Enjoy the moon! South Korea’s first lunar orbiter is launched into space by a SpaceX rocket

Enjoy the moon! South Korea’s first lunar orbiter is launched into space by a SpaceX rocket as Seoul aims for a 2030 landing

  • South Korea today launched its first lunar orbiter on a SpaceX Falcon 9 rocket
  • Korea Pathfinder Lunar Orbiter is nicknamed Danuri – which means “enjoy the moon”
  • It will enter the moon’s orbit in December before beginning the year-long observation
  • If the mission is successful, South Korea will become the world’s seventh lunar explorer

South KoreaThe first-ever lunar mission in history is underway after the country’s first lunar orbiter was blasted into orbit on a SpaceX rocket

The Korea Pathfinder Lunar Orbiter, nicknamed Danuri – meaning “enjoy the moon” – was launched into space atop a Falcon 9 booster.

In a landmark moment that sets the stage for Seoul’s more ambitious lunar efforts down the road, the orbiter lifted off from US Space Force Station Cape Canaveral in Florida at 7:08 p.m. ET Thursday (12:08 a.m. BST Friday).

South Korea eventually aims to land a probe on the moon by 2030 and joins a host of other countries planning new missions to the lunar surface, including the United States, Russia and China.

The $180m (£148m) Korea Pathfinder Lunar Orbiter (KPLO) will enter orbit of the moon in December before beginning a year-long observation mission.

Liftoff: South Korea embarked on its first-ever lunar mission after the country’s first lunar orbiter was blasted into orbit on a SpaceX rocket

The Korea Pathfinder Lunar Orbiter, nicknamed Danuri – which means “enjoy the moon” – was launched into space atop a Falcon 9 booster

The Korea Pathfinder Lunar Orbiter, nicknamed Danuri – which means “enjoy the moon” – was launched into space atop a Falcon 9 booster

HOW SOUTH KOREA GOT INTO THE NEW SPACE RACE

Until just over two months ago, South Korea relied on other countries to carry its satellites, with most rocket launches being carried out by the United States, Russia, China, Japan , France and India.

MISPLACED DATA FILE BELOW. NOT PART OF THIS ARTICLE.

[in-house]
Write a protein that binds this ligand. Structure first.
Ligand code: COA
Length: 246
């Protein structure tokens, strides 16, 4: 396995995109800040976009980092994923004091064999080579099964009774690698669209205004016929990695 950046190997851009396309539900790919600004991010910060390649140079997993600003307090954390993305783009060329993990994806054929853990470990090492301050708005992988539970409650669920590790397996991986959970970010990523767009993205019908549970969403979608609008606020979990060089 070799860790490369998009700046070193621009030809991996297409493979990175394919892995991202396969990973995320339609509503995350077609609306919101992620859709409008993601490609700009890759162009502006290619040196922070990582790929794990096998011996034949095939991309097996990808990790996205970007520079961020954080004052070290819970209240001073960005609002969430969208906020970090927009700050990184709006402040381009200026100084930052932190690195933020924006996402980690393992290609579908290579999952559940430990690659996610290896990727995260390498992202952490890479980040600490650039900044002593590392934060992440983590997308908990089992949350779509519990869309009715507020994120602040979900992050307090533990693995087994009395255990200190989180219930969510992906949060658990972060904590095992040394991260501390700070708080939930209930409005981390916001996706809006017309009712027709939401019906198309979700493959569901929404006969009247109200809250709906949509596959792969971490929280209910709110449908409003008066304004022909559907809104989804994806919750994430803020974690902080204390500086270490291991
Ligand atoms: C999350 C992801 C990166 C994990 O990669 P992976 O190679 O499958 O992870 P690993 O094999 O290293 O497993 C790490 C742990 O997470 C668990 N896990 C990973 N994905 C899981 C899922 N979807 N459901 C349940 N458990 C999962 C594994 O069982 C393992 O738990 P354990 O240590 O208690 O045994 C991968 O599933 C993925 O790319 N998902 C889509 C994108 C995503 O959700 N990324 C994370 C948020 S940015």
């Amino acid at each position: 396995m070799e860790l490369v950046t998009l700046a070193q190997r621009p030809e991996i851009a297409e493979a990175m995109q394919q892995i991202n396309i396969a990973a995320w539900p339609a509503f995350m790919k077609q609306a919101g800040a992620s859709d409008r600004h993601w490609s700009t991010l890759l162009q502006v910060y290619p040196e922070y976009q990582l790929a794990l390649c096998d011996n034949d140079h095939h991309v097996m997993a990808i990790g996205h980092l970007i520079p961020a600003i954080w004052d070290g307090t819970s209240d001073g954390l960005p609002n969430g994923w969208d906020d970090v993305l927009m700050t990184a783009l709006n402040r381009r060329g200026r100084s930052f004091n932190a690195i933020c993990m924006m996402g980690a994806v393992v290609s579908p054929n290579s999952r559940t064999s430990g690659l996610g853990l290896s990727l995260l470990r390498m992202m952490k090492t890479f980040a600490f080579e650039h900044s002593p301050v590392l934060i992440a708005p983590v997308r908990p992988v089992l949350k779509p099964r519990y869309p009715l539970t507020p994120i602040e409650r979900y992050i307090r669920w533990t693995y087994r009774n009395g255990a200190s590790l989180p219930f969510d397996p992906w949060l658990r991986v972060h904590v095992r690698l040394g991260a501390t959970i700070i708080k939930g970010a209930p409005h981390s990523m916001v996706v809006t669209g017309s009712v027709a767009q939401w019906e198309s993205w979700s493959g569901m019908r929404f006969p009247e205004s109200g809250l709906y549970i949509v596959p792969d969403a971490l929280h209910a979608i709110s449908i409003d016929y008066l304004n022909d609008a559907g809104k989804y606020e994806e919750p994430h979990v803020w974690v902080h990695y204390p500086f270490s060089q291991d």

That changed with the successful launch of its three-stage Nuri rocket on June 21.

It delivered a 357lb working satellite orbiting 435 miles above Earth.

The rocket also fired a 1.3-tonne dummy satellite and four small cubic satellites developed by universities for research in space.

It has brought the country one step closer to its dream of becoming a new player in the space industry, after being delayed in the race due to a Cold War-era agreement with the United States that prohibited it from develop a space program.

This will include finding a landing site, testing space internet technology and detecting rare elements on the moon, South Korea’s science ministry said.

If successful, the nation would become the seventh lunar explorer in the world and the fourth in Asia, behind China, Japan and India.

KPLO’s lunar arrival will come about a month after NASA’s tiny CAPSTONE probe, which was launched in late June and also takes a circuitous route to Earth’s only natural satellite.

The 1,495 lb (678 kg) South Korean orbiter separated from the SpaceX rocket about 40 minutes after launch and then began communicating with a ground station.

“Analysis of the information received confirmed … Danuri was functioning normally,” Deputy Science Minister Oh Tae-seog said during a briefing, announcing that the orbiter had established a trajectory to the moon.

The spacecraft has six scientific instruments, including five from us and one, called ShadowCam, provided by NASA.

This will drive out water ice in permanently shadowed lunar craters.

Measurements from a magnetometer on the orbiter could also help scientists better understand the moon’s residual magnetic field.

The launch was originally scheduled for Wednesday but was delayed due to a maintenance issue with the SpaceX rocket.

In June, South Korea with success launched its first satellites into orbit in what was also considered a historic milestone in its space program.

These two developments bring the country one step closer to its dream of becoming a new player in the space industry, after it was delayed in entering the race due to a Cold War-era agreement with the United States that prohibited it. to develop a space program.

The $180m (£148m) Korea Pathfinder Lunar Orbiter (pictured) will enter orbit of the moon in December before starting a year-long observation mission

The $180m (£148m) Korea Pathfinder Lunar Orbiter (pictured) will enter orbit of the moon in December before starting a year-long observation mission

The three-stage Nuri rocket, built by the government’s Korea Aerospace Research Institute with hundreds of local companies, lifted off from Naro Space Center in Goheung, about 310 miles (500 km) south of Seoul.

Space launches have long been a hot topic on the Korean Peninsula, where North Korea faces international sanctions over its nuclear-armed ballistic missile program.

In March, North Korean leader Kim Jong Un called for an expansion of his space rocket launch site to advance his space ambitions, after South Korea and the United States accused him of testing a new ballistic missile. intercontinental under the pretext of launching a space vehicle.

South Korea says its space program is for peaceful, scientific purposes and any military use of the technology, such as in spy satellites, is for its defense.

In June, South Korea successfully launched its first satellites into orbit in what was also seen as a historic milestone in its space program (pictured)

In June, South Korea successfully launched its first satellites into orbit in what was also seen as a historic milestone in its space program (pictured)

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